BBC News

MPs due to vote on England academies reforms

By Angela Harrison
Education correspondent, BBC News

image captionAcademies are state-funded but independently run

MPs are due to vote on legislation which paves the way for a radical overhaul of England's school system.

The Academies Bill will allow all schools to opt out of local council control, some as soon as September.

Ministers say these independent state-funded schools will drive up standards by giving head teachers more control.

It will be one of the first pieces of legislation passed by the coalition, but critics say it has been rushed and will widen inequalities in schooling.

As well as creating new academies, the law will pave the way for the other major plank of the government's education reforms - "free schools" being set up by parents, teachers and other groups.

Some schools are expected to become academies in September.

About 2,000 have expressed an interest in academy status, the government says, but ministers have not yet revealed how many schools have applied to make the change.

The Anti Academies Alliance, a campaign group, says it is aware of 35 schools that have begun the process to become academies by September.

The first to change will all have been rated "outstanding" by schools inspectors Ofsted, as top-rated schools are being fast-tracked.

Ultimately all good schools - including primaries and special schools - will be able to become academies provided they meet the requirements of a "funding agreement" between themselves and the government.

Academy schools will be:

  • Funded by central government rather than through the local council
  • Free to set their own curriculum as long as it is "broad and balanced"
  • Responsible for their own admissions, but bound by the Admissions Code
  • Able to set terms and conditions for teachers and other staff
  • Receiving money previously spent on their behalf by councils for services such as those for children with special needs or excluded from school

Free schools will also be set up as academies, in that they will have the same type of agreement or contract with the government.

The legislation removes the current legal requirement for local councils to be consulted when parents or other groups want to set up a school - something some groups had said was a block to their plans.

Councils argue that they need to take an overview of school provision.


Critics - such as Labour and the big teaching unions - say the changes will fragment the state system and favour schools in the most advantaged areas.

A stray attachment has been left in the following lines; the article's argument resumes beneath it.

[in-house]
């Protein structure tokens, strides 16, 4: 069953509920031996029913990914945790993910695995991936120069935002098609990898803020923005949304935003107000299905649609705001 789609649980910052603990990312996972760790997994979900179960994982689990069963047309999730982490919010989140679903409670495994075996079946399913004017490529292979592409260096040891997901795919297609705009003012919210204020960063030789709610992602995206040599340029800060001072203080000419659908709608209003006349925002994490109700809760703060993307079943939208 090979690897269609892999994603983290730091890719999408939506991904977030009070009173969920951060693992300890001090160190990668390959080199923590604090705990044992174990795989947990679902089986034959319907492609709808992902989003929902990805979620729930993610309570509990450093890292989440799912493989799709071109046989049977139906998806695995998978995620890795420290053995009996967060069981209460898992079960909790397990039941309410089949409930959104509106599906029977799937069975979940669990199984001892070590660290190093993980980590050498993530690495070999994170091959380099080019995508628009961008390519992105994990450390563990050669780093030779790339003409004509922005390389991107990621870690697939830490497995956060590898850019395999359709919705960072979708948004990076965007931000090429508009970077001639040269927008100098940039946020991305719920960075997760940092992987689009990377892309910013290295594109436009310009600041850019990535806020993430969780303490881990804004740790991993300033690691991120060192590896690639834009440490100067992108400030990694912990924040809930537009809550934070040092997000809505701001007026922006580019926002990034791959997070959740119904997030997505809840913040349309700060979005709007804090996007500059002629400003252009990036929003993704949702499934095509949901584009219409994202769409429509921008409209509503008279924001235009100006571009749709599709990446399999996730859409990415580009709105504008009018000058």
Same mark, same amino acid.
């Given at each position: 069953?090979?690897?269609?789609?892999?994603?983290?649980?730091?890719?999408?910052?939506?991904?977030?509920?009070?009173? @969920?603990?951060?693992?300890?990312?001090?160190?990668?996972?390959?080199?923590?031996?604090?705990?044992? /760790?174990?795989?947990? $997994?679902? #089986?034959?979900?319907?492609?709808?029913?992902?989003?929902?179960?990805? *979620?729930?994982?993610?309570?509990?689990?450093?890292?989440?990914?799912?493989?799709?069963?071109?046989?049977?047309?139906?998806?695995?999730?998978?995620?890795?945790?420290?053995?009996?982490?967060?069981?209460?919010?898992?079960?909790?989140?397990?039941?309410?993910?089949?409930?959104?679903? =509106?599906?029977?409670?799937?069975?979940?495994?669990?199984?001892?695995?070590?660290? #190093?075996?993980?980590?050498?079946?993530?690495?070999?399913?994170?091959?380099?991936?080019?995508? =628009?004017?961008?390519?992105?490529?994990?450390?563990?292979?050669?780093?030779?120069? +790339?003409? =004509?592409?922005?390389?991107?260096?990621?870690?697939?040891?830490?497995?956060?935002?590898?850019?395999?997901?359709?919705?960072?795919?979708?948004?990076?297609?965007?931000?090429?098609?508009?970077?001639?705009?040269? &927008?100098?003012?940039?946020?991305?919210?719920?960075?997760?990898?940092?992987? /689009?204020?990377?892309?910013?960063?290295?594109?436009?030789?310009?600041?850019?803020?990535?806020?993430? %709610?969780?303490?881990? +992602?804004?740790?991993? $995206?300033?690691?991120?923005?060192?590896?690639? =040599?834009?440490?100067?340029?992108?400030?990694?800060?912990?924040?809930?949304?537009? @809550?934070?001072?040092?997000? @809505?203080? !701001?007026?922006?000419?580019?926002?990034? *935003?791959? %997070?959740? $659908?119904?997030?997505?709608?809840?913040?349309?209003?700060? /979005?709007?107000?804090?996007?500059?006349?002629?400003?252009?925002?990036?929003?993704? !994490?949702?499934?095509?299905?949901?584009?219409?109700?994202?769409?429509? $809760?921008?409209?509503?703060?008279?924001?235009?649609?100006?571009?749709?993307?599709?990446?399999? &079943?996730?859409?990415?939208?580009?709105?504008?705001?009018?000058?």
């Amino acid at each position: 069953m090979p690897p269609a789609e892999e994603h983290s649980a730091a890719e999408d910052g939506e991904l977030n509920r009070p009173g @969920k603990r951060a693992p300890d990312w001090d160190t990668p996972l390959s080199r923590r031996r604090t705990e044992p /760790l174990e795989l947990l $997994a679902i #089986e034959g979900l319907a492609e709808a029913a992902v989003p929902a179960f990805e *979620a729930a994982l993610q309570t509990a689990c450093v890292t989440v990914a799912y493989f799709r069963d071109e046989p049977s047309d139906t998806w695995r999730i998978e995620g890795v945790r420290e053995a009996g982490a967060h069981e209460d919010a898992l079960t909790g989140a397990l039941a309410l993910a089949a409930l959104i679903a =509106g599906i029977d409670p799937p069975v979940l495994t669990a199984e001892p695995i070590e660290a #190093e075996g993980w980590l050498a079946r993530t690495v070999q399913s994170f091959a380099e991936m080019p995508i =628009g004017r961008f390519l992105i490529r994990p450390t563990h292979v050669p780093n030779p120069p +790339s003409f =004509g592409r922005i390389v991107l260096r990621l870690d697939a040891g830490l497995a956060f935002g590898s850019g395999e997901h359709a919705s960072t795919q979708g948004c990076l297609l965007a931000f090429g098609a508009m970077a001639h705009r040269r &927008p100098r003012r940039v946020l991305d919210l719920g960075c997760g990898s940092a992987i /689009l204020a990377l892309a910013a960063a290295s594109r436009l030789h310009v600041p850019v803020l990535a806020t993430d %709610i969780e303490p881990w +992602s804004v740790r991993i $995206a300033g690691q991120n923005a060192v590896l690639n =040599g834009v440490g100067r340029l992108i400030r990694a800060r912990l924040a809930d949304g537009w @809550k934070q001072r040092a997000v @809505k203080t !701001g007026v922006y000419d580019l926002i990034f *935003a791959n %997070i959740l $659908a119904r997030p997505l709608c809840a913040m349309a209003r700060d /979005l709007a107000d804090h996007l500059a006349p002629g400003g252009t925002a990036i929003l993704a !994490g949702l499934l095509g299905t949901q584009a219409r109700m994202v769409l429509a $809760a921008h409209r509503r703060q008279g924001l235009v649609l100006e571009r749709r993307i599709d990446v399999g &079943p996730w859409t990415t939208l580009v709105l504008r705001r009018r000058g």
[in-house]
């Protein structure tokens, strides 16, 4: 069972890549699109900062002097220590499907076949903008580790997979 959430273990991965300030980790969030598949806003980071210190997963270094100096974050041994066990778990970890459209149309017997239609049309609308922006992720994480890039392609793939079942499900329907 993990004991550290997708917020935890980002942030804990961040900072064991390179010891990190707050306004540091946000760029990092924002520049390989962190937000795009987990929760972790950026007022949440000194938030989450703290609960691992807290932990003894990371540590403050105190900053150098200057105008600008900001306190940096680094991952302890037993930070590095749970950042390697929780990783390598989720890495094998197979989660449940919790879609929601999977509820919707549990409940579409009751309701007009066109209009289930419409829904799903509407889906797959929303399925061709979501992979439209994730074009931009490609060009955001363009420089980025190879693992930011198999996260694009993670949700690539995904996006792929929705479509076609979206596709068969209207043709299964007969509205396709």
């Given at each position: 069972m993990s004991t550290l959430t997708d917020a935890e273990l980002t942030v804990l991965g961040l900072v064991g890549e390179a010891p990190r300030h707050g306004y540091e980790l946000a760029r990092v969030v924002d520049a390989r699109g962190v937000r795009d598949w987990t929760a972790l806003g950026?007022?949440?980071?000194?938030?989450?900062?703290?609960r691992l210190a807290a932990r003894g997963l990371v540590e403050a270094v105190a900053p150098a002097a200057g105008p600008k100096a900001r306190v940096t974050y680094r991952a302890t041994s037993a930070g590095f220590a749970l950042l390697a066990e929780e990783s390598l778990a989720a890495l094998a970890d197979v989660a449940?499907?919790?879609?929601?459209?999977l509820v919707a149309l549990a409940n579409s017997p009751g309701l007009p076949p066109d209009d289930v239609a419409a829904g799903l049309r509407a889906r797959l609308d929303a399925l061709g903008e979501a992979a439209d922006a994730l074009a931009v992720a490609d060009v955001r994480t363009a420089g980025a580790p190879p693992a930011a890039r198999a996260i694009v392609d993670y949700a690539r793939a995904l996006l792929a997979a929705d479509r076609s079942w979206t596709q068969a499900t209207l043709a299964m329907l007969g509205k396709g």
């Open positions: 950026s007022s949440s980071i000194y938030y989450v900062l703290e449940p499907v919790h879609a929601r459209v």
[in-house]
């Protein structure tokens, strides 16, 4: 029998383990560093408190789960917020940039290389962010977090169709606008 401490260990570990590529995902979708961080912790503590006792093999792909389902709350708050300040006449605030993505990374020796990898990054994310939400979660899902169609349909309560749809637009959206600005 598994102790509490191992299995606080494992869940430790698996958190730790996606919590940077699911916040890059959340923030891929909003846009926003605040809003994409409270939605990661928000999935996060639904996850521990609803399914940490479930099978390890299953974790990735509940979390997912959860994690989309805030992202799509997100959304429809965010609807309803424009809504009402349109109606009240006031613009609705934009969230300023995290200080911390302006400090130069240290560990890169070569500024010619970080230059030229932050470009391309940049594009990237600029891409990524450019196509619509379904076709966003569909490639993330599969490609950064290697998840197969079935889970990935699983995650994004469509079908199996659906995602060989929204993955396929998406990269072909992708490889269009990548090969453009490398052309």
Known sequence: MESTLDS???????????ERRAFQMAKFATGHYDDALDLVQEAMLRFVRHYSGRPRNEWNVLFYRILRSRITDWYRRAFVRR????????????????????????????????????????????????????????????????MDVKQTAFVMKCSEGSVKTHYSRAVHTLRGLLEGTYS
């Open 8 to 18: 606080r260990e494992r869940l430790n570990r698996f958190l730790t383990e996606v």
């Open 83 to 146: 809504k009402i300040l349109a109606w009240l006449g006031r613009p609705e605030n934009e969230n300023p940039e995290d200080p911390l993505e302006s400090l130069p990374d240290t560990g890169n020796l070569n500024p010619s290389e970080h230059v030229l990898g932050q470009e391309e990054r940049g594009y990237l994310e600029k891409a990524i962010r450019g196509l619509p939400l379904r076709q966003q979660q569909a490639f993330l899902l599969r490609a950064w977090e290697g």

They have complained that the Academies Bill was being rushed through parliament.

The government says it is fulfilling a manifesto commitment in passing the law now and that there has been ample time for it to be considered.

The National Union of Teachers says the Bill is an "attack on the very existence of democratically accountable, free state comprehensive education" and that more time for debate should have been allowed.

It is pushing for an amendment to remove a clause in the Bill which allows consultation with parents to take place after a school has been given the green light to convert to an academy.

As the bill went through the Lords, the government added an amendment requiring schools to consult "appropriate groups" if they want to become academies, but it did not specify councils.

Clauses have also been added enshrining the equal rights of pupils with special educational needs and requiring academies to submit to requests under the Freedom of Information Act.

Lib Dem backing

The Liberal Democrats are expected to support the Bill, although party deputy leader Simon Hughes said last week that they would not have supported it if it were not part of the coalition agreement.

And one Lib Dem MP, Mike Hancock, representing Portsmouth South, opposed the Bill at its second reading.

Under the previous government and the then prime minister, Tony Blair, academies were seen as a vehicle for improving education in disadvantaged areas.

They had sponsors who invested up to £2 million, often replaced failing schools and usually came with state-of-the-art buildings.

Education Secretary Michael Gove has praised the ideas and says he want all schools to be free to innovate.

England is the only part of the UK with this type of school.

Related Internet Links

  • Schools registering interest - Department for Education

The BBC is not responsible for the content of external sites.